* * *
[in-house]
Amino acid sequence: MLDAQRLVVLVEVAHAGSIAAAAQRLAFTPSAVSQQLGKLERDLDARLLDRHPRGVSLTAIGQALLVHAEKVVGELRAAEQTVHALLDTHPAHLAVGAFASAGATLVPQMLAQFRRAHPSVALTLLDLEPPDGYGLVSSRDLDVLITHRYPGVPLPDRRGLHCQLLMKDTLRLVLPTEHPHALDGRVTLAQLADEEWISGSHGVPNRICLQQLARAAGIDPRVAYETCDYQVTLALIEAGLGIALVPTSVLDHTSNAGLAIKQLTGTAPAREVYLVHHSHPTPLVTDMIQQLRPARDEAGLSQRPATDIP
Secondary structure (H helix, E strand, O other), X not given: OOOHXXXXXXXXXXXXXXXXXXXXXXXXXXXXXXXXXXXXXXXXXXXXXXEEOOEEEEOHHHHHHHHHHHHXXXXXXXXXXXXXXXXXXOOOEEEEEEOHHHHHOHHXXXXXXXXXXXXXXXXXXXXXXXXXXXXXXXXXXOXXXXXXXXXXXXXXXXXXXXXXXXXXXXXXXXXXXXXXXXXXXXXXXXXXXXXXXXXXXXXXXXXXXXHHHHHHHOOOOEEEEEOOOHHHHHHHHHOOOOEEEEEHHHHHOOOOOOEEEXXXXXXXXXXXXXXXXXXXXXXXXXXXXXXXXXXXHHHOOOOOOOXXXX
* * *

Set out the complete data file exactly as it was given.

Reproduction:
[in-house]
Amino acid sequence: MLDAQRLVVLVEVAHAGSIAAAAQRLAFTPSAVSQQLGKLERDLDARLLDRHPRGVSLTAIGQALLVHAEKVVGELRAAEQTVHALLDTHPAHLAVGAFASAGATLVPQMLAQFRRAHPSVALTLLDLEPPDGYGLVSSRDLDVLITHRYPGVPLPDRRGLHCQLLMKDTLRLVLPTEHPHALDGRVTLAQLADEEWISGSHGVPNRICLQQLARAAGIDPRVAYETCDYQVTLALIEAGLGIALVPTSVLDHTSNAGLAIKQLTGTAPAREVYLVHHSHPTPLVTDMIQQLRPARDEAGLSQRPATDIP
Secondary structure (H helix, E strand, O other), X not given: OOOHXXXXXXXXXXXXXXXXXXXXXXXXXXXXXXXXXXXXXXXXXXXXXXEEOOEEEEOHHHHHHHHHHHHXXXXXXXXXXXXXXXXXXOOOEEEEEEOHHHHHOHHXXXXXXXXXXXXXXXXXXXXXXXXXXXXXXXXXXOXXXXXXXXXXXXXXXXXXXXXXXXXXXXXXXXXXXXXXXXXXXXXXXXXXXXXXXXXXXXXXXXXXXXHHHHHHHOOOOEEEEEOOOHHHHHHHHHOOOOEEEEEHHHHHOOOOOOEEEXXXXXXXXXXXXXXXXXXXXXXXXXXXXXXXXXXXHHHOOOOOOOXXXX